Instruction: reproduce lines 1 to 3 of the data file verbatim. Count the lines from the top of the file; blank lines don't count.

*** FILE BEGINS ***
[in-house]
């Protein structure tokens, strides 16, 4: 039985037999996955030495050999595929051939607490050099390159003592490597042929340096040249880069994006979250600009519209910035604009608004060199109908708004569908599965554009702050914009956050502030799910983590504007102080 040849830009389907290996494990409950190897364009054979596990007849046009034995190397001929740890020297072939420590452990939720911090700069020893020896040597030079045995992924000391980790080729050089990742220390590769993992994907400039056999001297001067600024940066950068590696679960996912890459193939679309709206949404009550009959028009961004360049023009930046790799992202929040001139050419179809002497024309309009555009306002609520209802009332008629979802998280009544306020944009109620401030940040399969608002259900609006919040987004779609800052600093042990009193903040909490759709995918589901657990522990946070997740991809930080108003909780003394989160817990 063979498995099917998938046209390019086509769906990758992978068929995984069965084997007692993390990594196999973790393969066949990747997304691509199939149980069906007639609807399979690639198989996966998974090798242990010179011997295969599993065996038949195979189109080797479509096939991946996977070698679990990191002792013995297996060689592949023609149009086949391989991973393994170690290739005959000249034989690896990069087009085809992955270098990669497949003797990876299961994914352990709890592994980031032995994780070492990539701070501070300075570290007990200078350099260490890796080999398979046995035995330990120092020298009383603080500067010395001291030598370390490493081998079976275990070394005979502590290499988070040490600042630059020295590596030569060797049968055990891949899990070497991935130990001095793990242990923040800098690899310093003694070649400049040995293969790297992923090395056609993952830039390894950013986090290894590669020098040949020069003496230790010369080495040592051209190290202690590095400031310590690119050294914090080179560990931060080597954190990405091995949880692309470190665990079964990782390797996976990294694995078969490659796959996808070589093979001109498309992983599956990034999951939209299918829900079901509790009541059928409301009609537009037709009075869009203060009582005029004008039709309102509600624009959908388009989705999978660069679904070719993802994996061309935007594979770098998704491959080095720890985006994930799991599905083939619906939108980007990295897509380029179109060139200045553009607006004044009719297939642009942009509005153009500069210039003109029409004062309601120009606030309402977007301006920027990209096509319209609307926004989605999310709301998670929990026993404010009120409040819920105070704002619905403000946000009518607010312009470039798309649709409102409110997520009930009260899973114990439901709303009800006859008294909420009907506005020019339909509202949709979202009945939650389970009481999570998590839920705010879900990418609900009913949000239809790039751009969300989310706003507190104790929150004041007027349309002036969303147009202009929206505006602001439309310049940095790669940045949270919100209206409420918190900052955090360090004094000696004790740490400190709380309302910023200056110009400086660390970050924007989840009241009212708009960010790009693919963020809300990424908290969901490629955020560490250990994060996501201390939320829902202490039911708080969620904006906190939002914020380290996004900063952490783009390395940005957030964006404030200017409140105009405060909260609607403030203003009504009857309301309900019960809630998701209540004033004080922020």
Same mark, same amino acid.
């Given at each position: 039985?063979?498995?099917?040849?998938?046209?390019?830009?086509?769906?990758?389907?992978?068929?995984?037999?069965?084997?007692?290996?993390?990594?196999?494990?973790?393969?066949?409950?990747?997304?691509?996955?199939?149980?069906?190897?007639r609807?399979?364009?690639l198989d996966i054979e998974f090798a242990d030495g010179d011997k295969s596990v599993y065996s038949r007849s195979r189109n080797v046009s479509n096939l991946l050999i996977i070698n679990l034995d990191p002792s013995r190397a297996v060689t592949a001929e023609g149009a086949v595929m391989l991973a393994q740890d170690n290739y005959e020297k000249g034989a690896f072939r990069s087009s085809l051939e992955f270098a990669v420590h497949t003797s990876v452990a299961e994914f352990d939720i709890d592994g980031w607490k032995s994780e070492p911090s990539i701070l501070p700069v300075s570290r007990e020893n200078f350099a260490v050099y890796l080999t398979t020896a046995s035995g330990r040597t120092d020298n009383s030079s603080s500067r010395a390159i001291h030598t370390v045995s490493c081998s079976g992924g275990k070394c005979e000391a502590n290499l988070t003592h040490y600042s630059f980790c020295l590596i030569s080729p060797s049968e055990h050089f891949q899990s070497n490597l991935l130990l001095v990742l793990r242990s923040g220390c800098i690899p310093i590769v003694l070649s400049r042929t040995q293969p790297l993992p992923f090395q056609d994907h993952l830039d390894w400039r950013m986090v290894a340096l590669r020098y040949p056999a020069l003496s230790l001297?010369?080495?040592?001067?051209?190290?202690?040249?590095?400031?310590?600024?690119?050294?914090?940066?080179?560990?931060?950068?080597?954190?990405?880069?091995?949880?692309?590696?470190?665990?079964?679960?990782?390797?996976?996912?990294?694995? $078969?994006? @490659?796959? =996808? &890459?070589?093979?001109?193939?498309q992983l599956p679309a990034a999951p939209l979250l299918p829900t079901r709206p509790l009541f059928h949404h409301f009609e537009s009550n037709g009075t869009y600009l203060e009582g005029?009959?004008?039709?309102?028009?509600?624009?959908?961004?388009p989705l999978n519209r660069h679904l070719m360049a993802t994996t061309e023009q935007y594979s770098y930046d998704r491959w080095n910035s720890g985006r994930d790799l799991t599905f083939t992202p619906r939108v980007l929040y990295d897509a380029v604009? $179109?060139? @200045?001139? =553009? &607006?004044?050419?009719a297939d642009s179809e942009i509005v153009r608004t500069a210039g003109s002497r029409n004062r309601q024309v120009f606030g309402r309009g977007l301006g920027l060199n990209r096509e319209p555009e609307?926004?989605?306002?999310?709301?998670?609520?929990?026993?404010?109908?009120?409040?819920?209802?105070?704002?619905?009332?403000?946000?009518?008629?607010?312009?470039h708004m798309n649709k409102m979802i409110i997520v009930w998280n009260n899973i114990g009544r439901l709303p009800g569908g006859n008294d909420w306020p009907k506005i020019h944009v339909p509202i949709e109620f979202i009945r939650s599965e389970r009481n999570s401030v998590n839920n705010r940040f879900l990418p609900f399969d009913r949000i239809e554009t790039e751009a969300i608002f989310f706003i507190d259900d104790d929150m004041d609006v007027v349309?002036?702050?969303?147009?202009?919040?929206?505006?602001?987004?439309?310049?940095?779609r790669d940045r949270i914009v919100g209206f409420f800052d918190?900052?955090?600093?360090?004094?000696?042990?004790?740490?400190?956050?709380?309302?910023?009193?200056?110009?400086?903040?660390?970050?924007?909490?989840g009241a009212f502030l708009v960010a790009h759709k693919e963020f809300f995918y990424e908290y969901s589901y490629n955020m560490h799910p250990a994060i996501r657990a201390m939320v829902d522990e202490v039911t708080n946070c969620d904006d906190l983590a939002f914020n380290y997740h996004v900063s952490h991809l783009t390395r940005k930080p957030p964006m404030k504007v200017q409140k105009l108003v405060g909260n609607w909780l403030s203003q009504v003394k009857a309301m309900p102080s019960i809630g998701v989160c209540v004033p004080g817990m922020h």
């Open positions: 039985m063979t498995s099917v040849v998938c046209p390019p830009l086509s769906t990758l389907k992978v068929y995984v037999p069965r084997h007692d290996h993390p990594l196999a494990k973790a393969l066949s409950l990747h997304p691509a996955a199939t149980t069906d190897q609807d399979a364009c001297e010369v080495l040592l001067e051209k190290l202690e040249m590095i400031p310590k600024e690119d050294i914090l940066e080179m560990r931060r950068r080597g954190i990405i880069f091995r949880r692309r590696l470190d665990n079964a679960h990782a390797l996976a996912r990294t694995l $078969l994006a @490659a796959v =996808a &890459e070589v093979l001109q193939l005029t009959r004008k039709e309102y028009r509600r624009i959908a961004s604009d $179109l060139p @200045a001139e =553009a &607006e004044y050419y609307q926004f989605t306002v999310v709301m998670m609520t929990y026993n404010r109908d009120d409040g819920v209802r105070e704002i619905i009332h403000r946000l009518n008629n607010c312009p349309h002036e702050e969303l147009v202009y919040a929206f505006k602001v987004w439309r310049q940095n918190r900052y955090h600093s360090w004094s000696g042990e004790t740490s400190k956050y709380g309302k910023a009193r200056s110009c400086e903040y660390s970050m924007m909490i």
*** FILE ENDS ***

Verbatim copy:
[in-house]
């Protein structure tokens, strides 16, 4: 039985037999996955030495050999595929051939607490050099390159003592490597042929340096040249880069994006979250600009519209910035604009608004060199109908708004569908599965554009702050914009956050502030799910983590504007102080 040849830009389907290996494990409950190897364009054979596990007849046009034995190397001929740890020297072939420590452990939720911090700069020893020896040597030079045995992924000391980790080729050089990742220390590769993992994907400039056999001297001067600024940066950068590696679960996912890459193939679309709206949404009550009959028009961004360049023009930046790799992202929040001139050419179809002497024309309009555009306002609520209802009332008629979802998280009544306020944009109620401030940040399969608002259900609006919040987004779609800052600093042990009193903040909490759709995918589901657990522990946070997740991809930080108003909780003394989160817990 063979498995099917998938046209390019086509769906990758992978068929995984069965084997007692993390990594196999973790393969066949990747997304691509199939149980069906007639609807399979690639198989996966998974090798242990010179011997295969599993065996038949195979189109080797479509096939991946996977070698679990990191002792013995297996060689592949023609149009086949391989991973393994170690290739005959000249034989690896990069087009085809992955270098990669497949003797990876299961994914352990709890592994980031032995994780070492990539701070501070300075570290007990200078350099260490890796080999398979046995035995330990120092020298009383603080500067010395001291030598370390490493081998079976275990070394005979502590290499988070040490600042630059020295590596030569060797049968055990891949899990070497991935130990001095793990242990923040800098690899310093003694070649400049040995293969790297992923090395056609993952830039390894950013986090290894590669020098040949020069003496230790010369080495040592051209190290202690590095400031310590690119050294914090080179560990931060080597954190990405091995949880692309470190665990079964990782390797996976990294694995078969490659796959996808070589093979001109498309992983599956990034999951939209299918829900079901509790009541059928409301009609537009037709009075869009203060009582005029004008039709309102509600624009959908388009989705999978660069679904070719993802994996061309935007594979770098998704491959080095720890985006994930799991599905083939619906939108980007990295897509380029179109060139200045553009607006004044009719297939642009942009509005153009500069210039003109029409004062309601120009606030309402977007301006920027990209096509319209609307926004989605999310709301998670929990026993404010009120409040819920105070704002619905403000946000009518607010312009470039798309649709409102409110997520009930009260899973114990439901709303009800006859008294909420009907506005020019339909509202949709979202009945939650389970009481999570998590839920705010879900990418609900009913949000239809790039751009969300989310706003507190104790929150004041007027349309002036969303147009202009929206505006602001439309310049940095790669940045949270919100209206409420918190900052955090360090004094000696004790740490400190709380309302910023200056110009400086660390970050924007989840009241009212708009960010790009693919963020809300990424908290969901490629955020560490250990994060996501201390939320829902202490039911708080969620904006906190939002914020380290996004900063952490783009390395940005957030964006404030200017409140105009405060909260609607403030203003009504009857309301309900019960809630998701209540004033004080922020």
Same mark, same amino acid.